Plants can recognize when they are potted with their siblings or with strangers, new research shows. When strangers share a pot, they develop a competitive streak, but siblings are more considerate of each other.
“The ability to recognize and favor kin is common in animals, but this is the first time it has been shown in plants,” said Susan Dudley of McMaster University in Canada.
After plants are potted, roots branch out to suck up water and nutrients. But when several plants of the same species are potted together, things get a little nasty: Each plant flexes its muscles, so to speak, by extending its root growth to try and snatch up valuable resources.
Unless, that is, the plants are siblings—each having come from the same mother plant—in which case they become very accommodating, allowing each other ample root space.
Because the interactions between related and unrelated plants only happened when plants were in the same pot, where root space is limited, root interactions are likely what gives plants the cue that their neighbor is related.
Dudley observed this behavior in sea rocket (Cakile edentula), a member of the mustard family that is native to beaches through North America.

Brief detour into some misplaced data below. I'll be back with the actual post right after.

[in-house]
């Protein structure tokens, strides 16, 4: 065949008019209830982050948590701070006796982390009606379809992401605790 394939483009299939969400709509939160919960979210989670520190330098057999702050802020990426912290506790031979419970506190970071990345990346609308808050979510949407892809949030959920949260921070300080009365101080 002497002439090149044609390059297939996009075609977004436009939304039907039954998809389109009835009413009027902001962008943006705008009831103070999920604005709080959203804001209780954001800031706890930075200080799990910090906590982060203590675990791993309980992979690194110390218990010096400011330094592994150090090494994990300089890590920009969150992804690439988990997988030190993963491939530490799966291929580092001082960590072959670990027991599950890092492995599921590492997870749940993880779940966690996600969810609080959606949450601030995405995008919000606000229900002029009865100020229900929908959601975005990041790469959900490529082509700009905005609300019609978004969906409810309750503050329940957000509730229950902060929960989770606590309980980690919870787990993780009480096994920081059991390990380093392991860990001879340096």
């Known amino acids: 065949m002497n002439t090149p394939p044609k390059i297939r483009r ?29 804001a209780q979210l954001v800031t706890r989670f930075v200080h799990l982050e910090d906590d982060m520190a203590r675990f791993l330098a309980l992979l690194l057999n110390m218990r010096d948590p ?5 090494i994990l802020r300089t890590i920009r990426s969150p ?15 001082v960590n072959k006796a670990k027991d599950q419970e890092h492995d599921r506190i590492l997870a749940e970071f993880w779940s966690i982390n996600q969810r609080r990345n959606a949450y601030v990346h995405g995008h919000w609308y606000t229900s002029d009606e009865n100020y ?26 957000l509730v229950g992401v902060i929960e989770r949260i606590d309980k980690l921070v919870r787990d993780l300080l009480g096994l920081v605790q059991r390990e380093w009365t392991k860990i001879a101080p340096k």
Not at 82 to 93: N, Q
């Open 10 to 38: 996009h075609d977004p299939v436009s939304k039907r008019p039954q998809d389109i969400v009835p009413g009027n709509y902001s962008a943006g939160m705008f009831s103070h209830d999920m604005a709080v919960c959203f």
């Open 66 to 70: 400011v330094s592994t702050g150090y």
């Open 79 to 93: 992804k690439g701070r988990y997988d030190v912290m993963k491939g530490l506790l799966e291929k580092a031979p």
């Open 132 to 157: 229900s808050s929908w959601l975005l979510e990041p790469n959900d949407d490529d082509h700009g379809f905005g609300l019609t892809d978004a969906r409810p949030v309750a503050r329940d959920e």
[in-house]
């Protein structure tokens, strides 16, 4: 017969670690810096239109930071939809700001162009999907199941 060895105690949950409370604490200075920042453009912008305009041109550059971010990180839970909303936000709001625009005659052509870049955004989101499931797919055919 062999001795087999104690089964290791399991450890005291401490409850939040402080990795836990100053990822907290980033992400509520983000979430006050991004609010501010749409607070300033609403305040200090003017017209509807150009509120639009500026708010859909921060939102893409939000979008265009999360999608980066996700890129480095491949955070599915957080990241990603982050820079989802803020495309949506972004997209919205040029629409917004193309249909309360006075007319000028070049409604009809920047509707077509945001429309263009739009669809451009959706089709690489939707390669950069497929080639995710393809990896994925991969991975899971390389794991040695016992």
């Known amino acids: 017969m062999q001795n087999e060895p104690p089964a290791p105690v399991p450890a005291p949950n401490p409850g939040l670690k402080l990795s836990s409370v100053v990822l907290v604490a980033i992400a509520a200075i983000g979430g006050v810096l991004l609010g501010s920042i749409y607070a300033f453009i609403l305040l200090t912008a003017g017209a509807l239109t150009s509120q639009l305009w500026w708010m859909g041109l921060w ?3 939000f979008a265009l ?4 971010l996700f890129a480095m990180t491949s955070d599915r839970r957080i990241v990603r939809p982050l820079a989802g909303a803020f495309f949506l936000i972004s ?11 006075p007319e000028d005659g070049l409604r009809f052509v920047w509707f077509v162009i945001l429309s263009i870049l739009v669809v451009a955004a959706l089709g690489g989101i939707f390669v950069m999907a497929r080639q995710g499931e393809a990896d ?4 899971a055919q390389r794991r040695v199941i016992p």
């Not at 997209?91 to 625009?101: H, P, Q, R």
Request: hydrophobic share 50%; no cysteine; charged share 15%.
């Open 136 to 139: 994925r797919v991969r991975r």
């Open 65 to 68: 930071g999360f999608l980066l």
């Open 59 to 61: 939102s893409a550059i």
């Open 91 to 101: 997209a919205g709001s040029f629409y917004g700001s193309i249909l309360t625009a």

The findings, detailed in the June 12 issue of Biology Letters, may not come as a surprise to seasoned gardeners.
“Gardeners have known for a long time that some pairs of species get along better than others, and scientists are starting to catch up with why that happens,” Dudley said. “The more we know about plants, the more complex their interactions seem to be.”
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Andrea Thompson is an associate editor at Scientific American, where she covers sustainability, energy and the environment. Prior to that, she was a senior writer covering climate science at Climate Central and a reporter and editor at Live Science, where she primarily covered Earth science and the environment. She holds a graduate degree in science health and environmental reporting from New York University, as well as a bachelor of science and and masters of science in atmospheric chemistry from the Georgia Institute of Technology.